July 16, 2017
March 25, 2017
When you hear the word, terracotta, do you think chunky pots or the colour? Most likely the former, yet recently, it’s been tipped as a potential colour of the year by the American paint company Valspar, who described it as, “a security blanket for our homes”, while others, including myself, put our votes firmly behind the blue to green end of the spectrum. Despite this, I feel it’s true that we might see something of a resurgence of this colour in the home beyond plant pots and old-style floor tiles.
That said, any image of a patio or balcony replete with terracotta planters and trailing greenery has me seduced. It instantly connotes the Mediterranean, all heat and the hazy, lazy sound of cicadas; shots of worn’n’wobbly teracotta-tiled floors have me picturing the rambling rural farmhouse I dream about retreating to one day. But, maybe what is really striking a chord, is the sense that both of these looks are ridiculously easy, and relatively inexpensive, to recreate at home, instantly lending a touch of the continental or countryside wherever you might be; albeit the pots will probably be planted with geraniums rather than fragrant bourganvillea.
On another level, I think we’re drawn to terracotta because as a material it has such an inherent warmth and honesty to it. Combined with a rather joyful brightness — one that’s not as strident and shouty as either red or orange, but with more imbued vitality than burnt umber or any other shade of brown — it occupies a lovely middle ground between look-at-me-jolly and cosy comfort. And it speaks of the utilitarian simplicity of bricks. By which I mean, terracotta entrusts a space with a language that is beyond style, it’s a non-statement sort of statement: for floors, pots and products, terracotta just is. As our regular colour columnist, and author, Kassia St Clair, puts it, “terracotta, literally translating as ‘baked earth’ is a generally unglazed porous ceramic so humdrum and established that it has long since lent its name to the colour it turns after firing.”
But, slap it unadorned across your walls and suddenly you’re saying something quite different. As a flat paint finish it’s quite unusual. Last year the colour saw fame as one of the fashion world’s catwalk trend picks for the season, but it wasn’t a shade everyone could wear. Great for those with tanned or olive skin tones, a lot less flattering for those of paler complexion, too over-whelming. And therein lies the lesson for our Northern hemisphere homes.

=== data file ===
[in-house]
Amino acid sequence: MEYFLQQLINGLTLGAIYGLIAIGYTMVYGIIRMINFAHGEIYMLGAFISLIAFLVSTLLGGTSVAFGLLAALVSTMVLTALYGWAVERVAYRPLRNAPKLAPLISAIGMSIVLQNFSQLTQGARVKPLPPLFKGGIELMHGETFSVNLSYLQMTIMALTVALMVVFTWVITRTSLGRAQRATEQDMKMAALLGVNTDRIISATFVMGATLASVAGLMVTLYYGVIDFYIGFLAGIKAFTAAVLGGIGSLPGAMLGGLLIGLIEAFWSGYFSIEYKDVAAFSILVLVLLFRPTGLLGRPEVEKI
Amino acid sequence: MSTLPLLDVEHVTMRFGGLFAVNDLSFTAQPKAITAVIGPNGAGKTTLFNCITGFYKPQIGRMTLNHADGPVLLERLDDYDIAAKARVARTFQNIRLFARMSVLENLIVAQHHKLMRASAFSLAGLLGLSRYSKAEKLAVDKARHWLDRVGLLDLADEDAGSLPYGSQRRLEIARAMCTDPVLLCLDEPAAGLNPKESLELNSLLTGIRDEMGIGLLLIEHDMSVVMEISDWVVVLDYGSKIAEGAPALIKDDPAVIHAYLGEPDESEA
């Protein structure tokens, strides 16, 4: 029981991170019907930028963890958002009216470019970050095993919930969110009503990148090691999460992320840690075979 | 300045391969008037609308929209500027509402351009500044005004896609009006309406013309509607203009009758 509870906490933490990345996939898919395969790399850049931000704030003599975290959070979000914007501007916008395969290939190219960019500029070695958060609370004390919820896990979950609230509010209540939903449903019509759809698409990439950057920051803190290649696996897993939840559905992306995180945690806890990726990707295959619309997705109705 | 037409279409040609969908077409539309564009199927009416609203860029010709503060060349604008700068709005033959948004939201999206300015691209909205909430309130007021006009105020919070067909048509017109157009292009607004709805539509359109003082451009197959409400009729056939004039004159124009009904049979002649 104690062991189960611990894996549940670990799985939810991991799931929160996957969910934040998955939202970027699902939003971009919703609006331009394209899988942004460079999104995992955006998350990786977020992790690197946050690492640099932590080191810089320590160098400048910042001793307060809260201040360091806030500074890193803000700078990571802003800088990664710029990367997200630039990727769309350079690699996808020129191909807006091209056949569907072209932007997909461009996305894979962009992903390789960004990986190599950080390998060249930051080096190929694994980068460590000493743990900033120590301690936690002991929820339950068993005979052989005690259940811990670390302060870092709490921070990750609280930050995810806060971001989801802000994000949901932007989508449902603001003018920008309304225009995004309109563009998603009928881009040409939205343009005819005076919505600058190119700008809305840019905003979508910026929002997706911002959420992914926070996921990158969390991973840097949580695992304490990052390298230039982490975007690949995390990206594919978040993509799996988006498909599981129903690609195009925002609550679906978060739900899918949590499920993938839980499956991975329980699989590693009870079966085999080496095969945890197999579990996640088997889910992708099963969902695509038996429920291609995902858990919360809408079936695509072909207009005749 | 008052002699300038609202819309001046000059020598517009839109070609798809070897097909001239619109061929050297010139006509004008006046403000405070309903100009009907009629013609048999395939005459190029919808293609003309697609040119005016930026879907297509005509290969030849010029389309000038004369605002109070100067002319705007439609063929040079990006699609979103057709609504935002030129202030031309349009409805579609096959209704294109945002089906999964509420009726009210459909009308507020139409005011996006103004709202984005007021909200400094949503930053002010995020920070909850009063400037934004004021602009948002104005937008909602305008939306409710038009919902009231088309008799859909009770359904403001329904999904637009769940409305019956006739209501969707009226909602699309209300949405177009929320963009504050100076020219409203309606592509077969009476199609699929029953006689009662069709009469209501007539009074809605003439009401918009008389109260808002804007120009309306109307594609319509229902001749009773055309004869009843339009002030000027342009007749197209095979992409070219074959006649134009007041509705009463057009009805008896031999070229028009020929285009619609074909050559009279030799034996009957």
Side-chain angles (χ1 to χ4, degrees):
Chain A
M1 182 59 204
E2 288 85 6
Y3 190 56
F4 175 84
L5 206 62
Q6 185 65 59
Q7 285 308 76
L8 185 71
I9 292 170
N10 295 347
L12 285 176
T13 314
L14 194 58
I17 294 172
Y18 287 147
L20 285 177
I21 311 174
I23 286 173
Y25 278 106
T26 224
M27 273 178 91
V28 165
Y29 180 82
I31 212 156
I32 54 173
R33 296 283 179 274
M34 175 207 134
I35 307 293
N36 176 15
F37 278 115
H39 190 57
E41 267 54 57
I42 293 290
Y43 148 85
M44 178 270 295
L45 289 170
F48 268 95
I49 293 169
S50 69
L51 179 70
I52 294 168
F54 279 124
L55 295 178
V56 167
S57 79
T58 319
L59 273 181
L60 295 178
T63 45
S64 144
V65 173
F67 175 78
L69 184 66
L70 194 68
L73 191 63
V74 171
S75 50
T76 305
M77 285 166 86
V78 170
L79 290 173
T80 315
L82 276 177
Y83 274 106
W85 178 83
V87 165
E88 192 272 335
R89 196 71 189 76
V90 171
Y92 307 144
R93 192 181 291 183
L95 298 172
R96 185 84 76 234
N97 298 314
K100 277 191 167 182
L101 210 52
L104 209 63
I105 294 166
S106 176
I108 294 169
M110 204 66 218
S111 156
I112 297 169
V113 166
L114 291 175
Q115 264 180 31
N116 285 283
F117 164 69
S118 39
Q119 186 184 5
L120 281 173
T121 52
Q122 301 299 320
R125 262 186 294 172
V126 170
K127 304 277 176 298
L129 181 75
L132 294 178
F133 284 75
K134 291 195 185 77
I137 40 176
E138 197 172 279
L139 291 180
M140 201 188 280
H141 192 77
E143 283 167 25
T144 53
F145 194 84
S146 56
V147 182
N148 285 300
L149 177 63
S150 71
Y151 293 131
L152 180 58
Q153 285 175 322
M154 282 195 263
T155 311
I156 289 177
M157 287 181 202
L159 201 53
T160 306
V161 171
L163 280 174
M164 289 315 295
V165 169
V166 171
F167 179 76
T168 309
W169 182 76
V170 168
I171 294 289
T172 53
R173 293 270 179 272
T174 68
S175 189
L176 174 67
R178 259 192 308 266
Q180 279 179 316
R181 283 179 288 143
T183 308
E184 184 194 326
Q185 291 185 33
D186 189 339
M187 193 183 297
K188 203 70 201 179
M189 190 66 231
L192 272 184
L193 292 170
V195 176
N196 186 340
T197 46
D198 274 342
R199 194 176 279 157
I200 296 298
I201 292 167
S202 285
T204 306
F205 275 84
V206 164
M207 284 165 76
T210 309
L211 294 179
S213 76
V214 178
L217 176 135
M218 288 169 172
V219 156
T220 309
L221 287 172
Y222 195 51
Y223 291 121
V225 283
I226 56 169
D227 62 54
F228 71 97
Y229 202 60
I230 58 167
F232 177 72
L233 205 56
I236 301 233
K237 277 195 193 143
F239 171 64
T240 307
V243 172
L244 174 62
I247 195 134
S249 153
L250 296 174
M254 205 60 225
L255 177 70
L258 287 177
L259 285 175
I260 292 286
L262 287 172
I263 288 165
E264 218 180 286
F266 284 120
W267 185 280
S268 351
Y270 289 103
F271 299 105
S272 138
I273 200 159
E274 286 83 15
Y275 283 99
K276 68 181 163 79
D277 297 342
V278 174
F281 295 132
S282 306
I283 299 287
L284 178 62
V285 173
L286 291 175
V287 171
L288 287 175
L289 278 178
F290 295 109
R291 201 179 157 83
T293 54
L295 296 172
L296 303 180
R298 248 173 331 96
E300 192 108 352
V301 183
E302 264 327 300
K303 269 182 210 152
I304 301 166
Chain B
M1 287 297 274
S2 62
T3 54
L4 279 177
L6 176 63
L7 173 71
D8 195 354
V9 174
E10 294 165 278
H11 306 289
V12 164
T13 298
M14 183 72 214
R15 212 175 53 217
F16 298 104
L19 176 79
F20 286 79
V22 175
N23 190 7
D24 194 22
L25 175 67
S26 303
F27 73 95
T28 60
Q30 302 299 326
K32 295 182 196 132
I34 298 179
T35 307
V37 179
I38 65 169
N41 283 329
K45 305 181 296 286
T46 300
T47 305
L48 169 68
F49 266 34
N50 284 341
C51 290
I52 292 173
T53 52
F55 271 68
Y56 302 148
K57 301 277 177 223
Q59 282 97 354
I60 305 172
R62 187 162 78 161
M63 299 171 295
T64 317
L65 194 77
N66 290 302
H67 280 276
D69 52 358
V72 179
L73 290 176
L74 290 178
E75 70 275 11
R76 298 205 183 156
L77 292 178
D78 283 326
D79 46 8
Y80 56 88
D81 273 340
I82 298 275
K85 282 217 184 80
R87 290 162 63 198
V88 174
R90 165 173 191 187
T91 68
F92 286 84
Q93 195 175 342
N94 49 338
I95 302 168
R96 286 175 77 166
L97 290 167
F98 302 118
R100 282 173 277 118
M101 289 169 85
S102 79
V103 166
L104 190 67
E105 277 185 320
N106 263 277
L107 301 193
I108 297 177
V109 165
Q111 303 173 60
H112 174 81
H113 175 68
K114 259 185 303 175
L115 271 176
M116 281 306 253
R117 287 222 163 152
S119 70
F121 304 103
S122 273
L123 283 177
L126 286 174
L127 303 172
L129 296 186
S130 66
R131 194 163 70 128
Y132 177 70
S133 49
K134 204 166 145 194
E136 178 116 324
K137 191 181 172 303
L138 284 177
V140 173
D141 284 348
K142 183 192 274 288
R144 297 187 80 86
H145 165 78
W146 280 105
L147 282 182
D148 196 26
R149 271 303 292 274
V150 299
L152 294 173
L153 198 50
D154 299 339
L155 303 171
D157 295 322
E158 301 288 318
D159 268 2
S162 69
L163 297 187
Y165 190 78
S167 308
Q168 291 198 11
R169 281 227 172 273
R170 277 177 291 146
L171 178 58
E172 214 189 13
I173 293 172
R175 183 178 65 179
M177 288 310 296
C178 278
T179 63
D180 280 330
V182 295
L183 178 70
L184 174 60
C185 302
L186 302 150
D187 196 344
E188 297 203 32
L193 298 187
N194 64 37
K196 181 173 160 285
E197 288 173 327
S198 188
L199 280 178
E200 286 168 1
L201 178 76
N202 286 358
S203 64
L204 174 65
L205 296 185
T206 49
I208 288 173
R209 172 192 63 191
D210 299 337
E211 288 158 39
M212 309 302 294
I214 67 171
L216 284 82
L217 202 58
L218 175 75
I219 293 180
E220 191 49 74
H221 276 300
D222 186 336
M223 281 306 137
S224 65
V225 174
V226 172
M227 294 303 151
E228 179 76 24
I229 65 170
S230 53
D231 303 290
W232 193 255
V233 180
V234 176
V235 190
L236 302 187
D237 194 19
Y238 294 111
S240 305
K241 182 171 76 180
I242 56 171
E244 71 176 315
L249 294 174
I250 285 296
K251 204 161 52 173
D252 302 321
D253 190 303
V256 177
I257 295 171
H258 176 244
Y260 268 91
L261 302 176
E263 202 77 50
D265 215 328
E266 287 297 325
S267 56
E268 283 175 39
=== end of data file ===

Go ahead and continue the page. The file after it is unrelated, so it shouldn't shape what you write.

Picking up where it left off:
You see, in my humble opinion, clusters of terracotta planters complete an already sunny patio, because the flowers will naturally bloom and the imagineering of even warmer climes is easily possible, the pots are simply another visual nod in the right direction. Likewise, the most common use of terracotta floor tiles is in kitchens and hallways; warm, homely, and easy to clean… in these busiest of spaces, they make sense.
However, I recommend caution elsewhere. In a room with plenty of bright, natural, south-facing daylight, then a judicious use of this fulsome hue might pleasingly exaggerate and complement. It could be used to flank a fireplace, or perhaps for the wall behind your hob, hearth or oven, all places that already reference heat. After all it can be balanced with grey, or softened with powder pink. In rooms with a colder light though, I think it feels at odds, whatever you might try. Underfoot as rugs, yes; on the walls, much harder to get right, whatever Valspar might say. Alternatively, I’ve seen great examples of terracotta used to make wonderfully contemporary lights, both pendant and table versions (it’s that intrinsic warmth thing again). Likewise when upgraded with clean lines and contrasting finishes, it’s perfect for modern cookware, pots and crocks. Terracotta, definitely back on the trend map, just don’t get too carried away!
Michelle Ogundehin is internationally renowned as an authority on interiors, trends and style. She is an influencer with expertise and the multi award-winning former Editor-in-Chief of ELLE Decoration UK.